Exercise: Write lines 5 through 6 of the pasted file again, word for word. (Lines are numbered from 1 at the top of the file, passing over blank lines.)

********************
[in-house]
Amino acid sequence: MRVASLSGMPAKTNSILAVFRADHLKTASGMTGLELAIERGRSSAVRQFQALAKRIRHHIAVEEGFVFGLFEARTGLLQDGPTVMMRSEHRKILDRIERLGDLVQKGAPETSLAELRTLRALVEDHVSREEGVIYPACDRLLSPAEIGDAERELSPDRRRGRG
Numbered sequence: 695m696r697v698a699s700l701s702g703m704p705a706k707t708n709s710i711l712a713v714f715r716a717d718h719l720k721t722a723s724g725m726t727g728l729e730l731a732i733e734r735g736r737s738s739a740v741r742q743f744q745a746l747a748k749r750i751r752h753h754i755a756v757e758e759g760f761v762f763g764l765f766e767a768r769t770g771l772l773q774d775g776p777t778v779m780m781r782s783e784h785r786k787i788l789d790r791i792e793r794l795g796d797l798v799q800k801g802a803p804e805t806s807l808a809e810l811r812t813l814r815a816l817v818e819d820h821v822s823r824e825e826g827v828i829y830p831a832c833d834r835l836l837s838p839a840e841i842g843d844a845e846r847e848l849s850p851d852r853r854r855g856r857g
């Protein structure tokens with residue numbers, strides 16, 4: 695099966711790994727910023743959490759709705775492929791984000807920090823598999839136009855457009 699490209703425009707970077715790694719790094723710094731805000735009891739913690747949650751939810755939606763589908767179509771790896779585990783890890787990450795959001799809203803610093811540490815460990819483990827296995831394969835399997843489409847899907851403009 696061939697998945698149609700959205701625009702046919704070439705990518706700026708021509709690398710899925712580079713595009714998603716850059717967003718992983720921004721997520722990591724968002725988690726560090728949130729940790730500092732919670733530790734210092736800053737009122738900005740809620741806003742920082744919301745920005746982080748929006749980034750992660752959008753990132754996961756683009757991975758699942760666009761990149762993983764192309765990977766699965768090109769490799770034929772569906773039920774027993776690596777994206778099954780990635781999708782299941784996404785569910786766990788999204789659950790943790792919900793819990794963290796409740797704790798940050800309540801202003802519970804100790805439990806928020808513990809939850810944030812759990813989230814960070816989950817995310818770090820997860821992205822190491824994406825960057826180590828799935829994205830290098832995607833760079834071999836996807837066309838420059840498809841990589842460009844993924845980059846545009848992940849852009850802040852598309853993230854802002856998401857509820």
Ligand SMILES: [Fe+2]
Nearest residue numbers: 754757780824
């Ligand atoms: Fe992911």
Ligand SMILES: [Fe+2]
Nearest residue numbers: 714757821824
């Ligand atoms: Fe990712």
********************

Ligand SMILES: [Fe+2]
Nearest residue numbers: 754757780824